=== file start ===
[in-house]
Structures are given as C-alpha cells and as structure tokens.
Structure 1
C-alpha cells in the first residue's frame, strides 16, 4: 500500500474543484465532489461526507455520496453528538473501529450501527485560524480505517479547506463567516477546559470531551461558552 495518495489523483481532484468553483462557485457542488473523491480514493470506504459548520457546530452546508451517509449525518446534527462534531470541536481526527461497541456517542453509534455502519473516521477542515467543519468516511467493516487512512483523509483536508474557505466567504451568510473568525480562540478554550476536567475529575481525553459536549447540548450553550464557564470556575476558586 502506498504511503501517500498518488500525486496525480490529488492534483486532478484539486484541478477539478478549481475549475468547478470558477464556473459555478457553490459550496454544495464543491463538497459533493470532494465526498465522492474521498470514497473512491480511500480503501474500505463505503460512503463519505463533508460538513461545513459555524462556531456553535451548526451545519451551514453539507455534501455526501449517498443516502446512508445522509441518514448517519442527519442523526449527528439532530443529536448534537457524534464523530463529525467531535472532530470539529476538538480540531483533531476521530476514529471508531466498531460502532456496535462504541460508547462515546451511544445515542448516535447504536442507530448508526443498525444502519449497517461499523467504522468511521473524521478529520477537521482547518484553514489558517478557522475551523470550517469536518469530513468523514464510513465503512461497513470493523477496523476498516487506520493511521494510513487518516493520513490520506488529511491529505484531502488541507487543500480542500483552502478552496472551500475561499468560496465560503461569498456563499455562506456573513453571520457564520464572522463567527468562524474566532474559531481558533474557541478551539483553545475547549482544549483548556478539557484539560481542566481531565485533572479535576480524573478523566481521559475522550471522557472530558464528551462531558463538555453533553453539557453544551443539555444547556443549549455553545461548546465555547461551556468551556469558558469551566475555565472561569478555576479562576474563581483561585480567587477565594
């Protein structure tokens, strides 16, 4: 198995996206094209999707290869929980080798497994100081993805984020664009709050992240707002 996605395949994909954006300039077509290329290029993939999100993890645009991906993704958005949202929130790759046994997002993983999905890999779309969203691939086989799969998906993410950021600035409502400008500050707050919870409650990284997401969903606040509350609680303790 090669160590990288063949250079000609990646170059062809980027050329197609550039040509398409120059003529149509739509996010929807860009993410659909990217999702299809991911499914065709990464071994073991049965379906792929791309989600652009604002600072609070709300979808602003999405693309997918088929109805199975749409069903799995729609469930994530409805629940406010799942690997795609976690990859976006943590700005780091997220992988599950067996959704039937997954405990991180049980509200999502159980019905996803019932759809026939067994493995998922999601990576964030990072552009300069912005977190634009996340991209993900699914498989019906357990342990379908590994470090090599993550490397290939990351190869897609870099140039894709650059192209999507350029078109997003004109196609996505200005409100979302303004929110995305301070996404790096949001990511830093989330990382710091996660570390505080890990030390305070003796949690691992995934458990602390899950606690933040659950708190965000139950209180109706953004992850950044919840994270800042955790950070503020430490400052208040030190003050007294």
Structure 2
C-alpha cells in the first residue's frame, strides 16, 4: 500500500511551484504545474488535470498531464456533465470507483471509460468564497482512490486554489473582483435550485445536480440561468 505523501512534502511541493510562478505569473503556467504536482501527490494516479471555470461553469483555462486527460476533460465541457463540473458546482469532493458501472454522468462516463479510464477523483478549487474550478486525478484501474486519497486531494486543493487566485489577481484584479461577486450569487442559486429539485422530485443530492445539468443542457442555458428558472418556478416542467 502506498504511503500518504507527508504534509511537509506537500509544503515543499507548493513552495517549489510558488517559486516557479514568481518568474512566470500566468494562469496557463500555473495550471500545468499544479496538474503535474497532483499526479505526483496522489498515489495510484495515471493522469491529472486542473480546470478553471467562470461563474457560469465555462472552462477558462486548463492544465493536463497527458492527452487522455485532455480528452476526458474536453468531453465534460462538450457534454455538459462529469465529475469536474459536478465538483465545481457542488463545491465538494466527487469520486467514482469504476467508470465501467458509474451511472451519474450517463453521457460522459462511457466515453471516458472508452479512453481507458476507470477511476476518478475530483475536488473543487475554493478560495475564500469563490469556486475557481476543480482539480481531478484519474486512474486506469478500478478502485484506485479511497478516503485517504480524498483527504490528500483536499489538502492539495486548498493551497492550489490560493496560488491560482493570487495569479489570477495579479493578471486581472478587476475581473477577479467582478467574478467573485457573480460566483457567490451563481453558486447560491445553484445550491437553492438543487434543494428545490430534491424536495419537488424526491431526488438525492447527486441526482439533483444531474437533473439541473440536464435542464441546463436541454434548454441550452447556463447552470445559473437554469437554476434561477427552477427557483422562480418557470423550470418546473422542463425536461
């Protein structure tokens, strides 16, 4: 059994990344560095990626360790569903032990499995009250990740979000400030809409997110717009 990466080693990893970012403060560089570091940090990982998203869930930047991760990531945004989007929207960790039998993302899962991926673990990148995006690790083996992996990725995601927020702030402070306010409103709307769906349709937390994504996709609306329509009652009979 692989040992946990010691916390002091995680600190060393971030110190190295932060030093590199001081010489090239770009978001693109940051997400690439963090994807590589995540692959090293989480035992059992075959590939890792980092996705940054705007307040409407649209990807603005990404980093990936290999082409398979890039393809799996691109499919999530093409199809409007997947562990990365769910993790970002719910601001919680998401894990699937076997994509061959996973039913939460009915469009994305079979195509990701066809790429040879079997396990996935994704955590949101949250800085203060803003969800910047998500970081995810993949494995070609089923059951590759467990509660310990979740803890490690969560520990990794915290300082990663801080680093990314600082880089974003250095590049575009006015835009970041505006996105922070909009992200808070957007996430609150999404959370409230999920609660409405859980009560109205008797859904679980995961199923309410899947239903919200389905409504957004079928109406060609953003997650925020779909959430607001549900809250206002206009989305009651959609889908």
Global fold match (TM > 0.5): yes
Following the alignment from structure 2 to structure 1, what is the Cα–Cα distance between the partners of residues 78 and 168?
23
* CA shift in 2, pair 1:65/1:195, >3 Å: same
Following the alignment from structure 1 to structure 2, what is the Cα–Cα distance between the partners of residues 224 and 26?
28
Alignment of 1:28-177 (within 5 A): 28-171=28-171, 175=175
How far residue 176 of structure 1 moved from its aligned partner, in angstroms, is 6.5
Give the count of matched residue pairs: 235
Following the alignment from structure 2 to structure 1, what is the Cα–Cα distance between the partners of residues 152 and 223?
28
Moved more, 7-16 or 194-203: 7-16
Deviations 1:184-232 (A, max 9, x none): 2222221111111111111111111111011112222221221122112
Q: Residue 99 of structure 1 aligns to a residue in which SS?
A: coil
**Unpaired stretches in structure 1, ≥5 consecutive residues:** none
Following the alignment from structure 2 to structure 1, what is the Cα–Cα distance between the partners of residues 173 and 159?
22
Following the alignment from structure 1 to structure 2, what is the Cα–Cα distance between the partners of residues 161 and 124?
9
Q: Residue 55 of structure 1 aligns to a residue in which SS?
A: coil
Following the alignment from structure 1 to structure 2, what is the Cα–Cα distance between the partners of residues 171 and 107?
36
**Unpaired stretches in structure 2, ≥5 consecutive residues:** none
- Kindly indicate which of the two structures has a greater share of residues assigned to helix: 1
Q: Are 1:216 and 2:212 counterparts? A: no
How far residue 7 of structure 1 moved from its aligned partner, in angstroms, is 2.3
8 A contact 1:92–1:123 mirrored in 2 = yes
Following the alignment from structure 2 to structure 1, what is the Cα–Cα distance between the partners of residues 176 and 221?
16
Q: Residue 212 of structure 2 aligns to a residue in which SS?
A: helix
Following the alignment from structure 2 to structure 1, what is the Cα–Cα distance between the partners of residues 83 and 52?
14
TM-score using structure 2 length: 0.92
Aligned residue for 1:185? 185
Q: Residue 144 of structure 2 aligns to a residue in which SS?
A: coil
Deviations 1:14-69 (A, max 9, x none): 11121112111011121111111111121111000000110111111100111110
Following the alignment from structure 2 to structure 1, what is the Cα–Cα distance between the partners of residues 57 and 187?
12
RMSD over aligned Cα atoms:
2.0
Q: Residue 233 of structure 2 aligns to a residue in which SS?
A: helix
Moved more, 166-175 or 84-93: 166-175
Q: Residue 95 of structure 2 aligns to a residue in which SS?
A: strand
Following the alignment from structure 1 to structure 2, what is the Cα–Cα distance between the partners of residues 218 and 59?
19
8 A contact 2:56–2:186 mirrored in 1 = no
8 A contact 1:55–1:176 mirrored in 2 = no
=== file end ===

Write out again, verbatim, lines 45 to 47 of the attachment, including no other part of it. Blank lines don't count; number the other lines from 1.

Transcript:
Aligned residue for 1:185? 185
Q: Residue 144 of structure 2 aligns to a residue in which SS?
A: coil